Study: Climate change likely to make hurricanes stronger and more frequent


HERE‘s another good reason why I’m glad that I don’t live in a coastal area:

Hurricanes are Mother Nature’s largest and most destructive storms. Fed by warm ocean waters and moist atmospheric conditions, about 90 such storms — also known as tropical cyclones — form worldwide each year. With the population of coastal areas growing daily and sea level on the rise, how these monster storms may change as the climate continues to warm is an increasingly urgent question facing climate scientists, insurance companies, and public officials.

A new study by Kerry Emanuel, a prominent hurricane researcher at MIT, found that contrary to previous findings, tropical cyclones are likely to become both stronger and more frequent in the years to come, especially in the western North Pacific, where storms can devastate the heavily populated coastlines of Asian nations. Emanuel’s research showed the same holds true for the North Atlantic, where about 12 percent of the world’s tropical cyclones spin each year.

Emanuel’s study casts doubt on what had been the consensus view of most climate scientists — that in most ocean basins, tropical cyclones are likely to become less frequent as the world warms, but that the storms that do occur are likely to contain stronger winds and heavier rains…

Emanuel’s study, published Monday in the Proceedings of the National Academy of Sciences, uses the latest generation of global climate models to power a series of high-resolution, regional simulations of tropical cyclones around the world.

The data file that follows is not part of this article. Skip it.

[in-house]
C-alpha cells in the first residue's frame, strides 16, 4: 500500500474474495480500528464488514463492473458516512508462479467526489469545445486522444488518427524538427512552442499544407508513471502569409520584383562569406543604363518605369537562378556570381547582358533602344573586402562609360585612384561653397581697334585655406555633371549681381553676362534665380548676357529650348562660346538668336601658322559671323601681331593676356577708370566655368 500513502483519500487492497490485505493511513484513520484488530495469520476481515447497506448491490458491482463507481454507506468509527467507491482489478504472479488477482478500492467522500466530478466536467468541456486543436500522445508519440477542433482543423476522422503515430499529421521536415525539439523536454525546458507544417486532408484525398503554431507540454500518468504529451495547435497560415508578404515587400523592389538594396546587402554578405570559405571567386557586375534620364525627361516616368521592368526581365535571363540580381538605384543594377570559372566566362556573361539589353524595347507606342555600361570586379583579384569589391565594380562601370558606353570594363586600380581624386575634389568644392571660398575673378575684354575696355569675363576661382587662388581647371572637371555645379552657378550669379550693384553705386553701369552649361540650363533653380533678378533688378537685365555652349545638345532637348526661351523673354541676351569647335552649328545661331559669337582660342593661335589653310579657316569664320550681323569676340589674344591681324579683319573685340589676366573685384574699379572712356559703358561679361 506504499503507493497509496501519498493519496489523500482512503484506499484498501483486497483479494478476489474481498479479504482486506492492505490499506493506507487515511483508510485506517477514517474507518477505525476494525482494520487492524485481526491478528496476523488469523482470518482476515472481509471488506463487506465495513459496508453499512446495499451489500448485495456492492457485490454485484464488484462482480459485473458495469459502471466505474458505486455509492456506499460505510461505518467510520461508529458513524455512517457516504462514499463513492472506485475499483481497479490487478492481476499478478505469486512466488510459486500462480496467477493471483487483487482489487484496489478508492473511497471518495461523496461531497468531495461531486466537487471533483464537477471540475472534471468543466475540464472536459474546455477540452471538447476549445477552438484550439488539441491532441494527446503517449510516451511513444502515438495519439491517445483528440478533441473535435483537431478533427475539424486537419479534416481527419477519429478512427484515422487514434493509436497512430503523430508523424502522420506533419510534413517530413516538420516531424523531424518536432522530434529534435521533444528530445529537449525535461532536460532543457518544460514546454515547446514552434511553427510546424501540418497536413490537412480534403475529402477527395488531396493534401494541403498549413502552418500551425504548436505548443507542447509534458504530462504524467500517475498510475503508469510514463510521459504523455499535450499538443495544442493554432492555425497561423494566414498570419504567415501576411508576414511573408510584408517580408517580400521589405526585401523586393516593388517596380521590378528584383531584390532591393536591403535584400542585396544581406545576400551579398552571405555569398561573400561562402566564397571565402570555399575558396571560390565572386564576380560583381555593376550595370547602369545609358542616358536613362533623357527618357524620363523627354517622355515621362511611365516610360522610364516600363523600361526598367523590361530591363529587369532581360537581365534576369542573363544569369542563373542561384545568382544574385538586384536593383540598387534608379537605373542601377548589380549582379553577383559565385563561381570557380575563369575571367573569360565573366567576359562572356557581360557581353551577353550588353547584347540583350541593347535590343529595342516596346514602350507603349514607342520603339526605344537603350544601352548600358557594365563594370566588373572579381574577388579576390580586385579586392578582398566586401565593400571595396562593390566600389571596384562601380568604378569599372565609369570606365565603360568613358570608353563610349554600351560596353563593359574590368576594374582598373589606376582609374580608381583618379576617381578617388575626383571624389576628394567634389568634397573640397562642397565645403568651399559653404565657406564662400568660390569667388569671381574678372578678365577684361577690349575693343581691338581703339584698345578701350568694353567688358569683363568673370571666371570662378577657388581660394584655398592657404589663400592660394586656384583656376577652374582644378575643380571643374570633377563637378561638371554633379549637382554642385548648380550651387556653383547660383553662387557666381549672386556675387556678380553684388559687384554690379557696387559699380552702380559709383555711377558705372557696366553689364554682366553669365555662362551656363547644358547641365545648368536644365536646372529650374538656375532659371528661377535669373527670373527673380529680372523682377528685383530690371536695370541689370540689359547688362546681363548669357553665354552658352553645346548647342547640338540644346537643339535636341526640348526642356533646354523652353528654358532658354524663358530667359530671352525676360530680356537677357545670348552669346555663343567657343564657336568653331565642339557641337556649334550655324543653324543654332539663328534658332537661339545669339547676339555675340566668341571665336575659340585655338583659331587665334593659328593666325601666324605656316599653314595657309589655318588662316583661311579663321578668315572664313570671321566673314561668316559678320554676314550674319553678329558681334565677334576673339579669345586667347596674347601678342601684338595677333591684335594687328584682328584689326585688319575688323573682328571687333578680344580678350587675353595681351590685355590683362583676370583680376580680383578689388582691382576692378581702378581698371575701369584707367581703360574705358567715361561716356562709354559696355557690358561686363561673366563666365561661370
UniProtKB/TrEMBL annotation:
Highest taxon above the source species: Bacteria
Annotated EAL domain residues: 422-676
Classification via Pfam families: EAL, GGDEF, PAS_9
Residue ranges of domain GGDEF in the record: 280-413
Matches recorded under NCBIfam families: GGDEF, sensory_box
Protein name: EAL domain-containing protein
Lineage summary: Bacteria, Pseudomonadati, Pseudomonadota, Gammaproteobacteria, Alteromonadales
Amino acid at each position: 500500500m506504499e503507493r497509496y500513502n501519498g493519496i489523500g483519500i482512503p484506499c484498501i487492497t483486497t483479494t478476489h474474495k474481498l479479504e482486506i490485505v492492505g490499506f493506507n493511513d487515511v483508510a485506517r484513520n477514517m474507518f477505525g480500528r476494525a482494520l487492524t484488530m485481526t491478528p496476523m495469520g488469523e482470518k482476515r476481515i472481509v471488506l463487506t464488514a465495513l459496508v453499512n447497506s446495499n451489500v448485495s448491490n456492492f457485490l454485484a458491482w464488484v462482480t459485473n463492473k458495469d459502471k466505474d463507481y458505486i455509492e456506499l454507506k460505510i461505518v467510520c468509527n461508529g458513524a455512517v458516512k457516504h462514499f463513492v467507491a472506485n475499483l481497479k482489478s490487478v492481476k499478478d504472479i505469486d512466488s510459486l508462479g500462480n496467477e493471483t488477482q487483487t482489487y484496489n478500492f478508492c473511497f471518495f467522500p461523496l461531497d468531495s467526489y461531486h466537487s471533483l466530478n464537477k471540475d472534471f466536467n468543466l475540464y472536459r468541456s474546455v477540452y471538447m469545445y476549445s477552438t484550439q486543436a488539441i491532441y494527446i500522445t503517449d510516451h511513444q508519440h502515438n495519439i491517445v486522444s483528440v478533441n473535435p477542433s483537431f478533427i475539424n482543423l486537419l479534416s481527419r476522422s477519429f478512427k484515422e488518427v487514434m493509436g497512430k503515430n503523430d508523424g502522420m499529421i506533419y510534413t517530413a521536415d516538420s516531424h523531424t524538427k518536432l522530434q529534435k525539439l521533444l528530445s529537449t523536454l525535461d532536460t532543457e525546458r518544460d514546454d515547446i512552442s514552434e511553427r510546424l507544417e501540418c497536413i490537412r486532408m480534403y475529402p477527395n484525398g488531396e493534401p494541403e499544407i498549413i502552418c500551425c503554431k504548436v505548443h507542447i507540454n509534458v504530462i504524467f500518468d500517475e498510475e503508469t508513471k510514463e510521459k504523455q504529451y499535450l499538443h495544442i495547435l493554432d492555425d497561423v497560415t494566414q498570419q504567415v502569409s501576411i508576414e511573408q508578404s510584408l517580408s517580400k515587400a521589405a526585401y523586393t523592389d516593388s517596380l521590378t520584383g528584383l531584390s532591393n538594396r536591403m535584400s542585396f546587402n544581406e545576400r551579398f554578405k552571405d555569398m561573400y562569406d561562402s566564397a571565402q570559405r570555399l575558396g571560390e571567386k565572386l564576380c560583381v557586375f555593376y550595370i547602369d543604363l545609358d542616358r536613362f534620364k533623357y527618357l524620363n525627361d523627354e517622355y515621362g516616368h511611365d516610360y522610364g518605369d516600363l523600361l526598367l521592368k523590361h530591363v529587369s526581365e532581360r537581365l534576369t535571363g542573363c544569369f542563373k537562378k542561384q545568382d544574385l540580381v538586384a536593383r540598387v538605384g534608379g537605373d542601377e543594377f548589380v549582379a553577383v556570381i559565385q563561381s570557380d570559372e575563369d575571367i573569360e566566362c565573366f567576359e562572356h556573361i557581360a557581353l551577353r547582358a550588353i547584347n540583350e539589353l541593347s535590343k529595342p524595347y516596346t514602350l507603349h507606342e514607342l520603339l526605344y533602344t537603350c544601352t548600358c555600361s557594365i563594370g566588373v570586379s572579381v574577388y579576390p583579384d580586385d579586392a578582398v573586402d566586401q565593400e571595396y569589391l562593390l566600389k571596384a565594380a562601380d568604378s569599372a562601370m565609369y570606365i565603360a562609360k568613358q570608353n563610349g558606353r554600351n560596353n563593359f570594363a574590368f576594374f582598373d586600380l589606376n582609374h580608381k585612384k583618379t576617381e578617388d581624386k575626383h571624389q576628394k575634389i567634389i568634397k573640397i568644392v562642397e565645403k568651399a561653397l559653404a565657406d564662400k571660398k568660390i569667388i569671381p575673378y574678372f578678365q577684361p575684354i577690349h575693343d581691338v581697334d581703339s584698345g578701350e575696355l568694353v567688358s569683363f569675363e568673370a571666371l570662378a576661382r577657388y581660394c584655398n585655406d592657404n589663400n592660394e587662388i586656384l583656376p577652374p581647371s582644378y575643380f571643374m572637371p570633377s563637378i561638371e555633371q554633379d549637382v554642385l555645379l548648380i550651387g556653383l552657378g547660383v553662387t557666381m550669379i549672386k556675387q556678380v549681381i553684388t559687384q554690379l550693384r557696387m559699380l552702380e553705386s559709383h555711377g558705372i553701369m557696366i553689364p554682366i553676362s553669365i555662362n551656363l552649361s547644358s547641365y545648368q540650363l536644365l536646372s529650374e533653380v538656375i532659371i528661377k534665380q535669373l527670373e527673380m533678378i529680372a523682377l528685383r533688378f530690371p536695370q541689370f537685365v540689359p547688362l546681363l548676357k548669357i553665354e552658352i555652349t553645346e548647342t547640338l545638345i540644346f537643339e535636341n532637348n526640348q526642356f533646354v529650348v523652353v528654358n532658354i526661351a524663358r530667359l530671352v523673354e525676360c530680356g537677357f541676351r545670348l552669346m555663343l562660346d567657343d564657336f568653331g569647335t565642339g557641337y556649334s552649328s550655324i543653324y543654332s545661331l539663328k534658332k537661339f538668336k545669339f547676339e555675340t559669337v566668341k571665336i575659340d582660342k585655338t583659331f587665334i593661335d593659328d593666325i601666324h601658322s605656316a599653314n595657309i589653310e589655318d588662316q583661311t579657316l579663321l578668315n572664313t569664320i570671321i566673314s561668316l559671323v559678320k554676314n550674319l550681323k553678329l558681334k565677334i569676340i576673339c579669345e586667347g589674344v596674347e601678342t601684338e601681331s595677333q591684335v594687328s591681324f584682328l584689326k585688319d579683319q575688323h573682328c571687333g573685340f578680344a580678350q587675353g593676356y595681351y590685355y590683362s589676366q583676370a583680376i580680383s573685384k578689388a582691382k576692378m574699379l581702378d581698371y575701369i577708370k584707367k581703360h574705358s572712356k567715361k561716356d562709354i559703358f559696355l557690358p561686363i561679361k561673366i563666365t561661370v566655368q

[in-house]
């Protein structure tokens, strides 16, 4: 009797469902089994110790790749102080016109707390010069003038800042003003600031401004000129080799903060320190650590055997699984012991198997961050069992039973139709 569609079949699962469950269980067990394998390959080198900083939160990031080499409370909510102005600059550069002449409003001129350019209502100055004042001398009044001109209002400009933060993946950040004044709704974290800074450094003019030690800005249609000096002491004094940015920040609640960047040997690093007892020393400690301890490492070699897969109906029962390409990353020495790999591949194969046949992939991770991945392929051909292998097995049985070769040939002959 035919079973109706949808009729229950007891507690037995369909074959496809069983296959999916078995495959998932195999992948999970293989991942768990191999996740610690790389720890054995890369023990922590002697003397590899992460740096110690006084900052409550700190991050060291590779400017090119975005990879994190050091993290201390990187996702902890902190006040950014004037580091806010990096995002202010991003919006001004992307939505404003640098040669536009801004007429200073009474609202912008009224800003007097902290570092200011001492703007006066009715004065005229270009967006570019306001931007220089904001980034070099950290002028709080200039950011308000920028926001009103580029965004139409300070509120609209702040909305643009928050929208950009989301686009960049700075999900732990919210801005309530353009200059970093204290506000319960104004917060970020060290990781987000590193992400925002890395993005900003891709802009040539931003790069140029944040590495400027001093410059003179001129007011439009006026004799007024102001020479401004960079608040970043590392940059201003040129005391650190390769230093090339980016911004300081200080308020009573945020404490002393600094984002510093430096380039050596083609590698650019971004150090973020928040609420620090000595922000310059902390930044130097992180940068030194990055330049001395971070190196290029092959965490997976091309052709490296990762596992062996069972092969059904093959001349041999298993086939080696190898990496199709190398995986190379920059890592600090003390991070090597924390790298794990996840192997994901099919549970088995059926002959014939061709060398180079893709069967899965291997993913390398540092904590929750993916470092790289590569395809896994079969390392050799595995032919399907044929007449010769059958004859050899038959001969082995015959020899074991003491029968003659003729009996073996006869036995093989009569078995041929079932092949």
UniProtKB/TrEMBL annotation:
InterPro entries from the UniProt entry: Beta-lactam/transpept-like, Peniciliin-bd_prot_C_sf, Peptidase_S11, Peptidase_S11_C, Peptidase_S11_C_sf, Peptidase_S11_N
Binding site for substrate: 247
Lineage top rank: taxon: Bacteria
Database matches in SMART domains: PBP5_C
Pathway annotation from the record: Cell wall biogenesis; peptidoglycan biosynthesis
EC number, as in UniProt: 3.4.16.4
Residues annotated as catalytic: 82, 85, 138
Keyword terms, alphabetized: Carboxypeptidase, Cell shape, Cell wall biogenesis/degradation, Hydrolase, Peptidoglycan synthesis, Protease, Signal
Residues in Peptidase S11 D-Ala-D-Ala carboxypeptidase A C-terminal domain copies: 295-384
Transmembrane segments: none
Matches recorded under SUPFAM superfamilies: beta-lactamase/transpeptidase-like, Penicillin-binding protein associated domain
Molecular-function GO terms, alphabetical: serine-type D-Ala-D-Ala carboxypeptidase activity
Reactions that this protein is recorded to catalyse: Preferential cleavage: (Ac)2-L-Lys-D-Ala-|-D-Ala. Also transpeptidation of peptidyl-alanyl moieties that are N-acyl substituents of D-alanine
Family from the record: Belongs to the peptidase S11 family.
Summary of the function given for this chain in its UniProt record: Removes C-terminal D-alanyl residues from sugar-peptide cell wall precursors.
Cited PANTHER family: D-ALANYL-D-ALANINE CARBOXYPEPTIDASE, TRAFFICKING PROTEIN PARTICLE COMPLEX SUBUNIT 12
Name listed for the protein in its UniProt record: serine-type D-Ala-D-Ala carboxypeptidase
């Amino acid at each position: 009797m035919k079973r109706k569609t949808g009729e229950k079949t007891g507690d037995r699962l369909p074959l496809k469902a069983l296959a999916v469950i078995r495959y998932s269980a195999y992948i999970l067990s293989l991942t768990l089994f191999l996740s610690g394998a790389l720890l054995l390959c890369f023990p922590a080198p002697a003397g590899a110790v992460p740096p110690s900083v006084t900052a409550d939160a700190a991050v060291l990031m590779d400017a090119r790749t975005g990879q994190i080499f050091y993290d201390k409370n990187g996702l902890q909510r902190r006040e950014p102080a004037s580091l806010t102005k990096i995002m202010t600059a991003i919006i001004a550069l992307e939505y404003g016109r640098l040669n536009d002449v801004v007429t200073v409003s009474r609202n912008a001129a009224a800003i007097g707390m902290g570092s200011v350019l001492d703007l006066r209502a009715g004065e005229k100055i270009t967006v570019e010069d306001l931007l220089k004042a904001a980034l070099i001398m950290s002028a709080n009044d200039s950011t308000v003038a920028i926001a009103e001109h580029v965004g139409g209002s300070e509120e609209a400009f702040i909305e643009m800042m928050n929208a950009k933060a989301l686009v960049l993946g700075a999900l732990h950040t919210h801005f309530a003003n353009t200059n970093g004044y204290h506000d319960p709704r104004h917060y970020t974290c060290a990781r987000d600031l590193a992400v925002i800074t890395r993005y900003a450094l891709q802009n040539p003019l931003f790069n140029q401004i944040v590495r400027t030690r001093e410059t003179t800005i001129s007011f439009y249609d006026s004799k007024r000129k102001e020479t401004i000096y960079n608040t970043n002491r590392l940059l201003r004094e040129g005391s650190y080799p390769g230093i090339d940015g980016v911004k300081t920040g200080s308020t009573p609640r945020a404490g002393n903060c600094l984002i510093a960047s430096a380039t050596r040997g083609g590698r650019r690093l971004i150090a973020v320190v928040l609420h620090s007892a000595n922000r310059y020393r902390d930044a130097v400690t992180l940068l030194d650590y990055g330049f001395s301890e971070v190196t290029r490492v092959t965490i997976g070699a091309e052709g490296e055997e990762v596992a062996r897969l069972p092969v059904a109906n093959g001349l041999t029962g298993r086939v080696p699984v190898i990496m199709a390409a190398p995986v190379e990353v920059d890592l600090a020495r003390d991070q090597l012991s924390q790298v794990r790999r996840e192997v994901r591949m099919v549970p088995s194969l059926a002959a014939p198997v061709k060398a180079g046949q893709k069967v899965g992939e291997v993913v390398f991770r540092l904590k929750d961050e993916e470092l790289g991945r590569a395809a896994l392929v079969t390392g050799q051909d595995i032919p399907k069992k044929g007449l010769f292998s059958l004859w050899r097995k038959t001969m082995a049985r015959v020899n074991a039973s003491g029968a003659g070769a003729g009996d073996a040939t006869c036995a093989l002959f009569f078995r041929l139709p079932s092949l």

The study compared the frequency and intensity of tropical cyclones during the period from 1950 to 2005 against projections for the 21st century, from 2006 to 2100, using a scenario in which global emissions of greenhouse gases, such as carbon dioxide, rise rapidly without being significantly curtailed.


There are, however, two key points of agreement between Emanuel’s new study and the rest of the scientific literature on hurricanes and climate change. The first is that as ocean temperatures continue to increase, the frequency of high intensity hurricanes is projected to increase as well…

Second, virtually all the studies show that tropical cyclones are likely to dump significantly more rainfall in coming years compared to the historical record, and inland flooding is one of the leading causes of hurricane-related deaths and damage.


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